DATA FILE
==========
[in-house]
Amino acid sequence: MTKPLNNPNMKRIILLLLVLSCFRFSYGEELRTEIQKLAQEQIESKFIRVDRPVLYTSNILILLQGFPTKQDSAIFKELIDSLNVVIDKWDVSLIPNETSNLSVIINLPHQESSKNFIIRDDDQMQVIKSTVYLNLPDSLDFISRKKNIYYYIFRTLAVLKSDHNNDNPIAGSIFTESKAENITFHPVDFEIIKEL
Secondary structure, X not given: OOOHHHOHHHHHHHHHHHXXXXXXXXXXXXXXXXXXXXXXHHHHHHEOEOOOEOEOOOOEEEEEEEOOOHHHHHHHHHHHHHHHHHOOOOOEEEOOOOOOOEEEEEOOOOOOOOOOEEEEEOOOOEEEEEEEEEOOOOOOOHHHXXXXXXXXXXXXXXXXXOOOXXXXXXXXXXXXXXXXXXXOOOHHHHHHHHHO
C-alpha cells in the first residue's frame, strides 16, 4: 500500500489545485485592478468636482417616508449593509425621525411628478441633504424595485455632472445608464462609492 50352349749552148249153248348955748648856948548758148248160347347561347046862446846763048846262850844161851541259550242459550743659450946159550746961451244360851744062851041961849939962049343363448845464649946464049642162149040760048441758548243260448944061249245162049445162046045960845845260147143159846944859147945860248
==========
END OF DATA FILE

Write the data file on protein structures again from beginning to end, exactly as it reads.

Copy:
[in-house]
Amino acid sequence: MTKPLNNPNMKRIILLLLVLSCFRFSYGEELRTEIQKLAQEQIESKFIRVDRPVLYTSNILILLQGFPTKQDSAIFKELIDSLNVVIDKWDVSLIPNETSNLSVIINLPHQESSKNFIIRDDDQMQVIKSTVYLNLPDSLDFISRKKNIYYYIFRTLAVLKSDHNNDNPIAGSIFTESKAENITFHPVDFEIIKEL
Secondary structure, X not given: OOOHHHOHHHHHHHHHHHXXXXXXXXXXXXXXXXXXXXXXHHHHHHEOEOOOEOEOOOOEEEEEEEOOOHHHHHHHHHHHHHHHHHOOOOOEEEOOOOOOOEEEEEOOOOOOOOOOEEEEEOOOOEEEEEEEEEOOOOOOOHHHXXXXXXXXXXXXXXXXXOOOXXXXXXXXXXXXXXXXXXXOOOHHHHHHHHHO
C-alpha cells in the first residue's frame, strides 16, 4: 500500500489545485485592478468636482417616508449593509425621525411628478441633504424595485455632472445608464462609492 50352349749552148249153248348955748648856948548758148248160347347561347046862446846763048846262850844161851541259550242459550743659450946159550746961451244360851744062851041961849939962049343363448845464649946464049642162149040760048441758548243260448944061249245162049445162046045960845845260147143159846944859147945860248